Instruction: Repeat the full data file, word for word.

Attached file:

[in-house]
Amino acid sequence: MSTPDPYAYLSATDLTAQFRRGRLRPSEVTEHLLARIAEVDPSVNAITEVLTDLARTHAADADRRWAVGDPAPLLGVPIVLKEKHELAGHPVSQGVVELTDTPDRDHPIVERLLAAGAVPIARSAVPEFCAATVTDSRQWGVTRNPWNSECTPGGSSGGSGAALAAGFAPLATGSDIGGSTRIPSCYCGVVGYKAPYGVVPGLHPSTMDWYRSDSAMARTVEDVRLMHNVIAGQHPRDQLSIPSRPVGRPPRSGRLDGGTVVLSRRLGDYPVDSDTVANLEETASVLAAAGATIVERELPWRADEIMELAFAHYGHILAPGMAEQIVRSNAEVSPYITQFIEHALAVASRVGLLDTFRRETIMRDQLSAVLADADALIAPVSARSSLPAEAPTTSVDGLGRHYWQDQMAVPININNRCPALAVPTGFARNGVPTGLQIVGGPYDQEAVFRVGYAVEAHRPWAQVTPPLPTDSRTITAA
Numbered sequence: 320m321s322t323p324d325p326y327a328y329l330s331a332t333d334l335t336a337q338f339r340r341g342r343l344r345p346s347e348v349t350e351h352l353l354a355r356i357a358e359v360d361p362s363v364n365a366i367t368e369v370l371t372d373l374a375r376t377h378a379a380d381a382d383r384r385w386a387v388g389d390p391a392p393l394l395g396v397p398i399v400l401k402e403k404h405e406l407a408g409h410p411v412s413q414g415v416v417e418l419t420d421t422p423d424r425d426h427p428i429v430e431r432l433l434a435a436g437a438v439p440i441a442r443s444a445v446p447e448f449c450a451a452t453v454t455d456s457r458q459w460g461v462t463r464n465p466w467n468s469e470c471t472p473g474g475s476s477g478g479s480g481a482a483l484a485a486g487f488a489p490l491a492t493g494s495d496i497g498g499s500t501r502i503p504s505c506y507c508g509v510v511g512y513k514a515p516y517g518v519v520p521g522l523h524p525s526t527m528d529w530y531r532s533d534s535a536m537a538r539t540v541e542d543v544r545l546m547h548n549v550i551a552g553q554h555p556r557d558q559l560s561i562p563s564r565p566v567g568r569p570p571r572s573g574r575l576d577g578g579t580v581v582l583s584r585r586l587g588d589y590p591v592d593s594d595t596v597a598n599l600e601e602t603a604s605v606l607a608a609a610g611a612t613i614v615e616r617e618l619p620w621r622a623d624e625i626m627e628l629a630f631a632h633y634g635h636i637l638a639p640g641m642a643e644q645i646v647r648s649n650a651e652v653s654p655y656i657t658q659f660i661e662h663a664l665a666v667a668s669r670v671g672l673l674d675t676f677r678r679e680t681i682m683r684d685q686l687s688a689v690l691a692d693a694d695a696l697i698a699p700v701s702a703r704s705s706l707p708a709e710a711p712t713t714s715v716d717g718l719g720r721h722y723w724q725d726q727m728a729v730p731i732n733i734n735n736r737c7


[in-house]
Amino acid sequence: MSTPDPYAYLSATDLTAQFRRGRLRPSEVTEHLLARIAEVDPSVNAITEVLTDLARTHAADADRRWAVGDPAPLLGVPIVLKEKHELAGHPVSQGVVELTDTPDRDHPIVERLLAAGAVPIARSAVPEFCAATVTDSRQWGVTRNPWNSECTPGGSSGGSGAALAAGFAPLATGSDIGGSTRIPSCYCGVVGYKAPYGVVPGLHPSTMDWYRSDSAMARTVEDVRLMHNVIAGQHPRDQLSIPSRPVGRPPRSGRLDGGTVVLSRRLGDYPVDSDTVANLEETASVLAAAGATIVERELPWRADEIMELAFAHYGHILAPGMAEQIVRSNAEVSPYITQFIEHALAVASRVGLLDTFRRETIMRDQLSAVLADADALIAPVSARSSLPAEAPTTSVDGLGRHYWQDQMAVPININNRCPALAVPTGFARNGVPTGLQIVGGPYDQEAVFRVGYAVEAHRPWAQVTPPLPTDSRTITAA
Numbered sequence: 320m321s322t323p324d325p326y327a328y329l330s331a332t333d334l335t336a337q338f339r340r341g342r343l344r345p346s347e348v349t350e351h352l353l354a355r356i357a358e359v360d361p362s363v364n365a366i367t368e369v370l371t372d373l374a375r376t377h378a379a380d381a382d383r384r385w386a387v388g389d390p391a392p393l394l395g396v397p398i399v400l401k402e403k404h405e406l407a408g409h410p411v412s413q414g415v416v417e418l419t420d421t422p423d424r425d426h427p428i429v430e431r432l433l434a435a436g437a438v439p440i441a442r443s444a445v446p447e448f449c450a451a452t453v454t455d456s457r458q459w460g461v462t463r464n465p466w467n468s469e470c471t472p473g474g475s476s477g478g479s480g481a482a483l484a485a486g487f488a489p490l491a492t493g494s495d496i497g498g499s500t501r502i503p504s505c506y507c508g509v510v511g512y513k514a515p516y517g518v519v520p521g522l523h524p525s526t527m528d529w530y531r532s533d534s535a536m537a538r539t540v541e542d543v544r545l546m547h548n549v550i551a552g553q554h555p556r557d558q559l560s561i562p563s564r565p566v567g568r569p570p571r572s573g574r575l576d577g578g579t580v581v582l583s584r585r586l587g588d589y590p591v592d593s594d595t596v597a598n599l600e601e602t603a604s605v606l607a608a609a610g611a612t613i614v615e616r617e618l619p620w621r622a623d624e625i626m627e628l629a630f631a632h633y634g635h636i637l638a639p640g641m642a643e644q645i646v647r648s649n650a651e652v653s654p655y656i657t658q659f660i661e662h663a664l665a666v667a668s669r670v671g672l673l674d675t676f677r678r679e680t681i682m683r684d685q686l687s688a689v690l691a692d693a694d695a696l697i698a699p700v701s702a703r704s705s706l707p708a709e710a711p712t713t714s715v716d717g718l719g720r721h722y723w724q725d726q727m728a729v730p731i732n733i734n735n736r737c7